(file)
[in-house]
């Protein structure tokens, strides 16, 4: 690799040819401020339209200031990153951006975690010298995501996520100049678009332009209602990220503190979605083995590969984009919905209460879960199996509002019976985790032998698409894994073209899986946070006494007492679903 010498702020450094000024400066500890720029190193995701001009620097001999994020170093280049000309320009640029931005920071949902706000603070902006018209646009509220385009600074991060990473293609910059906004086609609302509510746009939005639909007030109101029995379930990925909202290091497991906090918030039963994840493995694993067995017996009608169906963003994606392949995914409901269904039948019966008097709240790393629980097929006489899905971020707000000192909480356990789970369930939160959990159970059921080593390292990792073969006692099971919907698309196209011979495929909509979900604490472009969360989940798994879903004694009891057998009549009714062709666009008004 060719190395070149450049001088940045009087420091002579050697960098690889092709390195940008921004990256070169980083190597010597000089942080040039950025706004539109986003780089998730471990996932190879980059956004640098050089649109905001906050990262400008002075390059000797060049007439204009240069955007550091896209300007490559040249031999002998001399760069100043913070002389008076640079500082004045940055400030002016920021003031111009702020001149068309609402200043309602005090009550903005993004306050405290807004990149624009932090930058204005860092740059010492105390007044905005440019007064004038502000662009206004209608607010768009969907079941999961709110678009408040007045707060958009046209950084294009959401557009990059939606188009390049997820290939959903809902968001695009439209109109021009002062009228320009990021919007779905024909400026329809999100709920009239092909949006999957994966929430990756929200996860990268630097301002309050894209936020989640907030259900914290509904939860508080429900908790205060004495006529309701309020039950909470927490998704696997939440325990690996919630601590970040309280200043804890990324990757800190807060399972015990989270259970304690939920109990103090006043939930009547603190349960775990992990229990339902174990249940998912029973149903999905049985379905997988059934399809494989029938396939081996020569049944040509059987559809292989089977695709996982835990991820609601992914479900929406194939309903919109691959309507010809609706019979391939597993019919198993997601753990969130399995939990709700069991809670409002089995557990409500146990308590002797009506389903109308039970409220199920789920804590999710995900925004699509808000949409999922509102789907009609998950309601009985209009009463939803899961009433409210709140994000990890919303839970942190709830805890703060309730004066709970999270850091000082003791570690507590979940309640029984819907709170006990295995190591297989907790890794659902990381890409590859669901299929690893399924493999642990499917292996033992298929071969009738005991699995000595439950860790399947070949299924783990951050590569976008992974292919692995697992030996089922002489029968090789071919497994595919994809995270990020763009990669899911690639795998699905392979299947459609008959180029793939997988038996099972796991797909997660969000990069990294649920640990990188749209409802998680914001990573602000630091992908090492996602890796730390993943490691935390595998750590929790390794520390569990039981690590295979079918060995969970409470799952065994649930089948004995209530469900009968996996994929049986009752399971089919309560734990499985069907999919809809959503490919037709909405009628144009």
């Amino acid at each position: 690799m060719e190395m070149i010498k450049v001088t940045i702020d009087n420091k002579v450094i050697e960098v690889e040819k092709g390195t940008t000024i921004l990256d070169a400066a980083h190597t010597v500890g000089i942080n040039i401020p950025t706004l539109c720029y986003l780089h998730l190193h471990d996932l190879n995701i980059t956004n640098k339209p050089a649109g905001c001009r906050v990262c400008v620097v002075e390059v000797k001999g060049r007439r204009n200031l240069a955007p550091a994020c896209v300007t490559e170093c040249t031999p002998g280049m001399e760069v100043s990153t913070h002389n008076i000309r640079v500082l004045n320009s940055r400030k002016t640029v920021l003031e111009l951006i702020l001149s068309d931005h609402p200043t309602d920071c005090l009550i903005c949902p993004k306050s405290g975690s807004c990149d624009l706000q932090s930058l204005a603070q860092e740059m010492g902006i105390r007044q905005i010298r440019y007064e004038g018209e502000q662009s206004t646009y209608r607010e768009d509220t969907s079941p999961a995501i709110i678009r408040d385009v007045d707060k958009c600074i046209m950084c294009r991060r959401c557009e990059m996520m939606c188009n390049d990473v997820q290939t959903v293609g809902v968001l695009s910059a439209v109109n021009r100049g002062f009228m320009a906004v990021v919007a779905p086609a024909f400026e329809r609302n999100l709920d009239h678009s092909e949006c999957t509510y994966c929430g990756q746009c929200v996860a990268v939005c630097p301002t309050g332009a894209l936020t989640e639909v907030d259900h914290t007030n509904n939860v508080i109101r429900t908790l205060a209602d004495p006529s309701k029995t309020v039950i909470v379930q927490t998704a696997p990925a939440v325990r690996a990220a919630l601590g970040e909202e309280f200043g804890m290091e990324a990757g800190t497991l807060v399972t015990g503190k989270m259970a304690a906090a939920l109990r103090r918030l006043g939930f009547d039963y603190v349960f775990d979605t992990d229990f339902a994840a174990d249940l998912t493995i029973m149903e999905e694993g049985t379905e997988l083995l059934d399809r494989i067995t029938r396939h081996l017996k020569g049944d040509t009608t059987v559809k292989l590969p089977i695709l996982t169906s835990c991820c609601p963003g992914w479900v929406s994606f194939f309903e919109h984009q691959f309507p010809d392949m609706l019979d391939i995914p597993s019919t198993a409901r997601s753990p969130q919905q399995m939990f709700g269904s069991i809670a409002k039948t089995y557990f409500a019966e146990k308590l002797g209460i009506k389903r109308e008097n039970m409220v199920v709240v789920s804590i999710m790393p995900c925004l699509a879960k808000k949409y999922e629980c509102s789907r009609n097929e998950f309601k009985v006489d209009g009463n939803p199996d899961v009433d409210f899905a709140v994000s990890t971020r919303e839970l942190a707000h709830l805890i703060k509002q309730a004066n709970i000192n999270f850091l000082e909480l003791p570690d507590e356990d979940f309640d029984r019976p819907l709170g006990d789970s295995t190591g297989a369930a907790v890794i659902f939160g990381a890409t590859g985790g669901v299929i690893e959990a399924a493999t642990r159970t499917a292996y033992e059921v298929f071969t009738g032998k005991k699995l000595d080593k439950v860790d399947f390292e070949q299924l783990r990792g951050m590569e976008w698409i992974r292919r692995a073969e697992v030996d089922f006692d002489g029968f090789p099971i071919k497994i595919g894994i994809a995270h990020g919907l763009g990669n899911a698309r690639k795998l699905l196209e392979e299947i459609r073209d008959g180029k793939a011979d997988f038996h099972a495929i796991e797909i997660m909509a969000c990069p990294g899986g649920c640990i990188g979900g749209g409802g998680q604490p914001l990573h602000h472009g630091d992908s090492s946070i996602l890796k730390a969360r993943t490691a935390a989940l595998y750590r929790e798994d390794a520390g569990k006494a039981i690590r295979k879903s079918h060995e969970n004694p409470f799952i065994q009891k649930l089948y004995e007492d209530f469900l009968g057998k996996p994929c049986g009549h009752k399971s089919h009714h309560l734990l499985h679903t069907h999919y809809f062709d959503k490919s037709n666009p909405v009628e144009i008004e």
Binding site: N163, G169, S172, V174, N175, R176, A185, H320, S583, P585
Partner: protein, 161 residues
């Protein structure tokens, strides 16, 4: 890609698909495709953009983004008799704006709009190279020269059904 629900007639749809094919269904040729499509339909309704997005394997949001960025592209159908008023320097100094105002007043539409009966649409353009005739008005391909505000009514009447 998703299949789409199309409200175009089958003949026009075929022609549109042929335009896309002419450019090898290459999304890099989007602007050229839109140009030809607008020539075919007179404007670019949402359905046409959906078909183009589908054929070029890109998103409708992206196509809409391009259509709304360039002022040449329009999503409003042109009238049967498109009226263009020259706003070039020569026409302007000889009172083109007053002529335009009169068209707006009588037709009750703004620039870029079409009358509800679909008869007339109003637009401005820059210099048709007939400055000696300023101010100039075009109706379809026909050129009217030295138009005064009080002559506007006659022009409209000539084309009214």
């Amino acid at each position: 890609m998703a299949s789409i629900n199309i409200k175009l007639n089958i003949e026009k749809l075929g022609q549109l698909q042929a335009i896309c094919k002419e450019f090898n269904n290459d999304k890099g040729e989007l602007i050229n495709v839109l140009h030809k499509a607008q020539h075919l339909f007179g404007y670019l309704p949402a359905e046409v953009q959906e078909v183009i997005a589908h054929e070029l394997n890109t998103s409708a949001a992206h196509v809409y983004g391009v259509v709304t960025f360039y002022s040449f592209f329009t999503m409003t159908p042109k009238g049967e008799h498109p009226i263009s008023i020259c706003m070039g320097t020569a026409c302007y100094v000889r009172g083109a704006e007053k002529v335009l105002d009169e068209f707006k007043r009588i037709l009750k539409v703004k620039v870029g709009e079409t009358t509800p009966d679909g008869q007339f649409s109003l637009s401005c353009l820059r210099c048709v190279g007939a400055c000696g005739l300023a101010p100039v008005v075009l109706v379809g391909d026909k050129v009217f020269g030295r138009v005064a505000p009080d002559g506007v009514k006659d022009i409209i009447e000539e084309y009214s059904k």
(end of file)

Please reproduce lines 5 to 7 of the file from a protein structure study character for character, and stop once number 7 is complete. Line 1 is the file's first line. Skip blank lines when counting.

Partner: protein, 161 residues
């Protein structure tokens, strides 16, 4: 890609698909495709953009983004008799704006709009190279020269059904 629900007639749809094919269904040729499509339909309704997005394997949001960025592209159908008023320097100094105002007043539409009966649409353009005739008005391909505000009514009447 998703299949789409199309409200175009089958003949026009075929022609549109042929335009896309002419450019090898290459999304890099989007602007050229839109140009030809607008020539075919007179404007670019949402359905046409959906078909183009589908054929070029890109998103409708992206196509809409391009259509709304360039002022040449329009999503409003042109009238049967498109009226263009020259706003070039020569026409302007000889009172083109007053002529335009009169068209707006009588037709009750703004620039870029079409009358509800679909008869007339109003637009401005820059210099048709007939400055000696300023101010100039075009109706379809026909050129009217030295138009005064009080002559506007006659022009409209000539084309009214």
């Amino acid at each position: 890609m998703a299949s789409i629900n199309i409200k175009l007639n089958i003949e026009k749809l075929g022609q549109l698909q042929a335009i896309c094919k002419e450019f090898n269904n290459d999304k890099g040729e989007l602007i050229n495709v839109l140009h030809k499509a607008q020539h075919l339909f007179g404007y670019l309704p949402a359905e046409v953009q959906e078909v183009i997005a589908h054929e070029l394997n890109t998103s409708a949001a992206h196509v809409y983004g391009v259509v709304t960025f360039y002022s040449f592209f329009t999503m409003t159908p042109k009238g049967e008799h498109p009226i263009s008023i020259c706003m070039g320097t020569a026409c302007y100094v000889r009172g083109a704006e007053k002529v335009l105002d009169e068209f707006k007043r009588i037709l009750k539409v703004k620039v870029g709009e079409t009358t509800p009966d679909g008869q007339f649409s109003l637009s401005c353009l820059r210099c048709v190279g007939a400055c000696g005739l300023a101010p100039v008005v075009l109706v379809g391909d026909k050129v009217f020269g030295r138009v005064a505000p009080d002559g506007v009514k006659d022009i409209i009447e000539e084309y009214s059904k």